Series: Kinsey Millhone, #15
Publisher: Ballantine Books, January 2001
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Through fourteen books, fans have been fed short rations when it comes to Kinsey Millhone's past: a morsel here, a dollop there. We know of the aunt who raised her, the second husband who left her, the long-lost family up the California coast. But husband number one remained a blip on the screen until now.
The call comes on a Monday morning from a guy who scavenges defaulted storage units at auction. Last week he bought a stack. They had stuff in them—Kinsey stuff. For thirty bucks, he'll sell her the lot. Kinsey's never been one for personal possessions, but curiosity wins out and she hands over a twenty (she may be curious but she loves a bargain). What she finds amid childhood memorabilia is an old undelivered letter.
It will force her to reexamine her beliefs about the breakup of that first marriage, about the honor of that first husband, about an old unsolved murder. It will put her life in the gravest peril."O" Is for Outlaw: Kinsey's fifteenth adventure into the dark side of human nature.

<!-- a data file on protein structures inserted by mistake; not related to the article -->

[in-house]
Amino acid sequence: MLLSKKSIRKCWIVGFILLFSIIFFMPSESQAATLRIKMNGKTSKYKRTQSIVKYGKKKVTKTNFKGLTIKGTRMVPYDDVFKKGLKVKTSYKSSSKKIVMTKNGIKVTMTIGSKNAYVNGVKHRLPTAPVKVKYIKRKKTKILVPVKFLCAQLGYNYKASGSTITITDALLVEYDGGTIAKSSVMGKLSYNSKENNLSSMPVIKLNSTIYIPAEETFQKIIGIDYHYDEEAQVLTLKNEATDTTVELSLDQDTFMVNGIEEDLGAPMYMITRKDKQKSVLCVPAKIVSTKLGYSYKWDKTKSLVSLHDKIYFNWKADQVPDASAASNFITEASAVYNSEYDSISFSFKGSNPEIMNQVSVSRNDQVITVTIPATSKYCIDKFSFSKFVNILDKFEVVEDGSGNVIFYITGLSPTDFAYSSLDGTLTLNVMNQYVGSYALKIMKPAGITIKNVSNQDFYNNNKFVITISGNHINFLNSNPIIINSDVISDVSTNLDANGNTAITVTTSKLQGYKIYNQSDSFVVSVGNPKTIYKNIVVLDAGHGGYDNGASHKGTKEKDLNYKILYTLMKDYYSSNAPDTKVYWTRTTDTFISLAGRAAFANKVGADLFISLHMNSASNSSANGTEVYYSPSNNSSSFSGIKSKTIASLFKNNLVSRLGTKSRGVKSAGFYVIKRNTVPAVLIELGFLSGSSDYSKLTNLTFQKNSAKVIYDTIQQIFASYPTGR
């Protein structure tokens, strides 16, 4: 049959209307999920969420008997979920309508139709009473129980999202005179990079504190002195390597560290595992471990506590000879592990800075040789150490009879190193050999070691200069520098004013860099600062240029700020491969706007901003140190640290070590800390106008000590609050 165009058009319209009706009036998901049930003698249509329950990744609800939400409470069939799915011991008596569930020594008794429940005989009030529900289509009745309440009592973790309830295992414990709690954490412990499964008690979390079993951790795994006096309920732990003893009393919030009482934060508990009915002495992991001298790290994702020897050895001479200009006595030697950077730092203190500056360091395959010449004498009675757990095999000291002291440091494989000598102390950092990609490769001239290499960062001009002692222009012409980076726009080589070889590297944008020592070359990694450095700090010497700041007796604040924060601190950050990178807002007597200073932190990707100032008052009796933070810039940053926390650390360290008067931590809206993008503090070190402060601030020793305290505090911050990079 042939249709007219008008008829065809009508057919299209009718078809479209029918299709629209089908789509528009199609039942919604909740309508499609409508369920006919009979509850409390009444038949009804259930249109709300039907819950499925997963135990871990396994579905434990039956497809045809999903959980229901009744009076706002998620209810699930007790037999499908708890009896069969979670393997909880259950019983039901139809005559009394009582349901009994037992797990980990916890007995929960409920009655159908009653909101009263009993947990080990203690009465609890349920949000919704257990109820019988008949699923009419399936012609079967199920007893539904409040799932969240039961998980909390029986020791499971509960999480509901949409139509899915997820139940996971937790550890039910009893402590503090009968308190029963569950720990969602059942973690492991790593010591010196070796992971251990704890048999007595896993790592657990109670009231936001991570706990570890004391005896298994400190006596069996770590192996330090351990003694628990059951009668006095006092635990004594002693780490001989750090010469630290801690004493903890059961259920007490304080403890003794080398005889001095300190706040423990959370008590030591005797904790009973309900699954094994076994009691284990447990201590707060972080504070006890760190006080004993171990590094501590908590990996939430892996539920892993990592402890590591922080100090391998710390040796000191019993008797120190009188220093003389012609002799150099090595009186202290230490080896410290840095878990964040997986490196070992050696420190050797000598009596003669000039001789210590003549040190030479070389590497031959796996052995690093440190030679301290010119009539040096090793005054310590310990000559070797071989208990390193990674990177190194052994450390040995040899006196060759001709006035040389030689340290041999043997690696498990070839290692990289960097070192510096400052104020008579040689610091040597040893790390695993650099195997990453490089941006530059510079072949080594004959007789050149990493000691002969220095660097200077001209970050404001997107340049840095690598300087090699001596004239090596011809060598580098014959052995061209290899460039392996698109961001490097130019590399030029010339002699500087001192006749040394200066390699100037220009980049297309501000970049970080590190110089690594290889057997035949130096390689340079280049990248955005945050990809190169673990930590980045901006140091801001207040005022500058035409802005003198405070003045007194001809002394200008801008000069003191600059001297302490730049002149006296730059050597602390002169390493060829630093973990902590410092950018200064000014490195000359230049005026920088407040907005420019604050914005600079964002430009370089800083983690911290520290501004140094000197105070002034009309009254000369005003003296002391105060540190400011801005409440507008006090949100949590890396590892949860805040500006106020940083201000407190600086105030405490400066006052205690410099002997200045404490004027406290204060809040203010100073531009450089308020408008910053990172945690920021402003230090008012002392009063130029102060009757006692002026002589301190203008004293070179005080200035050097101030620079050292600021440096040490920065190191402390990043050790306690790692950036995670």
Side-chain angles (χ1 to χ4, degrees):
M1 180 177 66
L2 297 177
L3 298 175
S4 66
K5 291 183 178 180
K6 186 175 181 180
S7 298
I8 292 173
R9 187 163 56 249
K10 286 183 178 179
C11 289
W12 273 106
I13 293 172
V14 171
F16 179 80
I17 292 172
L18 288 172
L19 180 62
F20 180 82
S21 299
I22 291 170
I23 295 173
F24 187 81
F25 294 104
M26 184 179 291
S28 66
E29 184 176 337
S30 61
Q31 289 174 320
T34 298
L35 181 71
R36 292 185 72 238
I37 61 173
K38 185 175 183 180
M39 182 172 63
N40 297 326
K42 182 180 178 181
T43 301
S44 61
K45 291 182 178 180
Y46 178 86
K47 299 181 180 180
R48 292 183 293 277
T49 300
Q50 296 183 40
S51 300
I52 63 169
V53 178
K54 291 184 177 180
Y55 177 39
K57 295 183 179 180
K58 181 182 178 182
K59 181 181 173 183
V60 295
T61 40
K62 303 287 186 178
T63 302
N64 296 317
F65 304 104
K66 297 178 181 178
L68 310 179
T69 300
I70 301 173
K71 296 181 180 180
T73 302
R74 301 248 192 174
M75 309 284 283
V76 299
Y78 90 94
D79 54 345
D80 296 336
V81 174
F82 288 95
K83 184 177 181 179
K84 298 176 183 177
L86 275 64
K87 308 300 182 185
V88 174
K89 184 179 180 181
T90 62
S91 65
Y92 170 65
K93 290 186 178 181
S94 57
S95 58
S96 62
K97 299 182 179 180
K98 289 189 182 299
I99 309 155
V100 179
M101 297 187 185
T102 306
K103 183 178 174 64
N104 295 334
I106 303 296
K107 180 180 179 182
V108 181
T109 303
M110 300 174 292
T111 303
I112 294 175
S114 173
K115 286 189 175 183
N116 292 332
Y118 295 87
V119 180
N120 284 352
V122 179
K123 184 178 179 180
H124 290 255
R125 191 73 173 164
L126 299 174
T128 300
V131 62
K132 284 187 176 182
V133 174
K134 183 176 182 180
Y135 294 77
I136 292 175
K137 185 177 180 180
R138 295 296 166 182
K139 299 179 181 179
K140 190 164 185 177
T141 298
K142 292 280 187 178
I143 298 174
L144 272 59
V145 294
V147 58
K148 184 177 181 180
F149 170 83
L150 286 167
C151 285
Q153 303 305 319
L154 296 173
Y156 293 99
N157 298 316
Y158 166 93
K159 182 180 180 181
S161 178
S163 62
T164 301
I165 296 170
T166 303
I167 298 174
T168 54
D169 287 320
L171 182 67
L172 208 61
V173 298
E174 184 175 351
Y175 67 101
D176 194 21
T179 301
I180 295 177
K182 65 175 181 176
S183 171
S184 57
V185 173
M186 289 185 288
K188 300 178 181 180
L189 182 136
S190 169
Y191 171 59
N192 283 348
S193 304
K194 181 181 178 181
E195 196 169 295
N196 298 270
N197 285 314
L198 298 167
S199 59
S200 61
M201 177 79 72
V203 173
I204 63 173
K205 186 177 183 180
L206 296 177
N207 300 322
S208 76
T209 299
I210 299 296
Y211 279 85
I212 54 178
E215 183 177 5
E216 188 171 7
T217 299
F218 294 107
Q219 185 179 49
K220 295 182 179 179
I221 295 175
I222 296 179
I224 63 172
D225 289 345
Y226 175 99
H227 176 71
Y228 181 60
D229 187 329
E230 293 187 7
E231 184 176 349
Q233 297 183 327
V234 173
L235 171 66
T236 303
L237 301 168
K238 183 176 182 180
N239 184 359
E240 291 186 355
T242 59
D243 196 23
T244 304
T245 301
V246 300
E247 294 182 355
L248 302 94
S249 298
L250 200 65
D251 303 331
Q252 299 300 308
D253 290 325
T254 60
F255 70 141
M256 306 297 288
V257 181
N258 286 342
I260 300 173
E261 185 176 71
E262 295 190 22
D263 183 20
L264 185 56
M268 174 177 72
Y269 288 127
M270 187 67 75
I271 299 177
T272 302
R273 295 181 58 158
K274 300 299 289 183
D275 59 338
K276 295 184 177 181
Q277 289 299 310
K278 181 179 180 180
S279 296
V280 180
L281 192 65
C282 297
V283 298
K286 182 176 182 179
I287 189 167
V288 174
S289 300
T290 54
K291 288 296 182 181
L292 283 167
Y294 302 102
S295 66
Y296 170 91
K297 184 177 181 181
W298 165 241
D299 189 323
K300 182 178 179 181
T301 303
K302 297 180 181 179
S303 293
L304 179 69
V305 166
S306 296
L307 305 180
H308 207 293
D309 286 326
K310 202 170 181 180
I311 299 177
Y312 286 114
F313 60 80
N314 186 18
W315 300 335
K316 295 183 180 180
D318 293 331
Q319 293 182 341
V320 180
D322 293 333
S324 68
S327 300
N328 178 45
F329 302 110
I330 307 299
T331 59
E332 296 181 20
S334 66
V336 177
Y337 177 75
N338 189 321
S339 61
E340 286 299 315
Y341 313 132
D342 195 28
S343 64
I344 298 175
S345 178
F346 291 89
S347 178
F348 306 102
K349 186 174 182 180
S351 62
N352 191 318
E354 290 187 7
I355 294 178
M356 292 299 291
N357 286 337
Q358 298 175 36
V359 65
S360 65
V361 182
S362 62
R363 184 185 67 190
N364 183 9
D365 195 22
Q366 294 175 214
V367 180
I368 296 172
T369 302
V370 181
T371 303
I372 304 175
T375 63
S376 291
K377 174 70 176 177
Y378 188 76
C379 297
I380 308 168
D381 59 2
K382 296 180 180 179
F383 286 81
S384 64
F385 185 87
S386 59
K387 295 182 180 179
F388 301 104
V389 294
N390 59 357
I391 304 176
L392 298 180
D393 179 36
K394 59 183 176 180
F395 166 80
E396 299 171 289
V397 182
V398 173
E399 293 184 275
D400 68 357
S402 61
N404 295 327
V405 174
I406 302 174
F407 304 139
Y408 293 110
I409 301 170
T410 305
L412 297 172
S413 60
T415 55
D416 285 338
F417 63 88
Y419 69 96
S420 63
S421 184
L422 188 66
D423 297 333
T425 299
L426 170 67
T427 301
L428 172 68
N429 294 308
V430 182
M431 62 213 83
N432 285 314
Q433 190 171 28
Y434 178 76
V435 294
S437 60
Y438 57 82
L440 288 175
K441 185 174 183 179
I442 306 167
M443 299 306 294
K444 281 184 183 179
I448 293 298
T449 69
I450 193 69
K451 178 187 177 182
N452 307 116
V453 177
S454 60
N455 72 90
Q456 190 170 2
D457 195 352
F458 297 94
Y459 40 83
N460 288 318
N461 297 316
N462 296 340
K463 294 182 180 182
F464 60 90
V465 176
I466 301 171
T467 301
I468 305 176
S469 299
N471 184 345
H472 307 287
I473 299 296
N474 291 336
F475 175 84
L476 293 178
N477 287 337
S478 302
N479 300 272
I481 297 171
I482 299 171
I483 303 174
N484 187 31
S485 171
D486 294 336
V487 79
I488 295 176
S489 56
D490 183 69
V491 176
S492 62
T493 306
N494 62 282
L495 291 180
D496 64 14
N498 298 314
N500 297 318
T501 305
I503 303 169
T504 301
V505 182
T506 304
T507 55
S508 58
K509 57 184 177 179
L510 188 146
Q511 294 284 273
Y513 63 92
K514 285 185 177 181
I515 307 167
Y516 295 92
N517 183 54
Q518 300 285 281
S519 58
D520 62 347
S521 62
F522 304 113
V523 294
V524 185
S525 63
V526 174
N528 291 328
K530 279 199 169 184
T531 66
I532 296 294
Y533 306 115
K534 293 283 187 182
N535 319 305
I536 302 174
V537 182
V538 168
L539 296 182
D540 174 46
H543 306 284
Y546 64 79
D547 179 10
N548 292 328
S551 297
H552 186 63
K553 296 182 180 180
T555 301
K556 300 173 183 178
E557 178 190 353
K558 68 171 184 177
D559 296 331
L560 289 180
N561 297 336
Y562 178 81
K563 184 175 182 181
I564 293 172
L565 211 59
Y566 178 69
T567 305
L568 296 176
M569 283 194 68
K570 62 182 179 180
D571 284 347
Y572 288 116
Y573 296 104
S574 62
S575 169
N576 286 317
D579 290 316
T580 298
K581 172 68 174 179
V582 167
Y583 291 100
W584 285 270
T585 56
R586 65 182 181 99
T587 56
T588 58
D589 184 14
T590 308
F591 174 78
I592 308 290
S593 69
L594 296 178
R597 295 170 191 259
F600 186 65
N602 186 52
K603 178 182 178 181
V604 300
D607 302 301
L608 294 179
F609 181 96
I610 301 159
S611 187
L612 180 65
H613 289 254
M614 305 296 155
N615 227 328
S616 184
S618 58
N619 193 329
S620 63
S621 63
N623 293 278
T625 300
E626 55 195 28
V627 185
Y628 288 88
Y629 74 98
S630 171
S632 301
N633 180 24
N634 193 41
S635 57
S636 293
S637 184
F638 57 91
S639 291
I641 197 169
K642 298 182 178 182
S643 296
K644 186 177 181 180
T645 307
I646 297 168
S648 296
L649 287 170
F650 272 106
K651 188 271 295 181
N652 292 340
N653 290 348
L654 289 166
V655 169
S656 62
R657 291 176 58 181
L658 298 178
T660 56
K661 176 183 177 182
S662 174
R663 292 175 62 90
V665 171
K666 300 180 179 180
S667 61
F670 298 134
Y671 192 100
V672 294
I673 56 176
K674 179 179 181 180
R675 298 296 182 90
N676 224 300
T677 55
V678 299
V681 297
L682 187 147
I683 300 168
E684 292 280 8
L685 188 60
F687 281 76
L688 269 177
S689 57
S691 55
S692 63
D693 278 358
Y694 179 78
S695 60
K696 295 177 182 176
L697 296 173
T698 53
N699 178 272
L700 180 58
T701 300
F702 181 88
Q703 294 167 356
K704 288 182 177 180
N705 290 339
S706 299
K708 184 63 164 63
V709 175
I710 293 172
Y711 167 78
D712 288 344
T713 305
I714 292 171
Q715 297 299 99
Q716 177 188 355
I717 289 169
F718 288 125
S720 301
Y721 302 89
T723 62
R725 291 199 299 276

O is for Outlaw might have broken her heart. And mine.
As I put this book down, I remembered writing how I wished Kinsey showed more of herself in the novels, letting us as readers get to know her better. I got my wish.
Kinsey Millhone was married twice (and prefers to be single, thank you very much). We met her second husband in E is for Evidence, but her first is rarely mentioned…until we get to O. In Outlaw, Kinsey finally reveals their relationship when news arrives that Mickey Magruder, the pointedly-ignored first husband, has been shot and is in a coma in Los Angeles.
I’ve always wondered at Kinsey’s determined lack of information about her relationship with Mickey and her reaction to his condition solidified my theory: he was her first love. You know, that one we’re always slightly irrational about, even years later? Mickey Magruder, a paranoid vice cop a decade her senior, was the guy who broke Kinsey Millhone’s heart.
Being Kinsey, she can’t help but start investigating, despite the investigating cops’ warnings. She unravels the life of a serial playboy, a man destroyed, and an addict in recovery. In discovering so much about Mickey’s current life, she understands his past a little better and finally comes to terms with their relationship. But it’s the last scene that had me sniffling back tears.
The mystery in O for Outlaw was up to par, and Kinsey’s snooping nature brought light into an otherwise emotionally heavy story. The difference? Mickey’s shooting rocked her to her core, so her typical unbiased perspective was deeply slanted.
I wanted to know more about the characters, their situations, and their relationship to her, but there was only so much room in the book. Still, O is for Outlaw was a surprisingly intense story, one that I’m thrilled finally was told.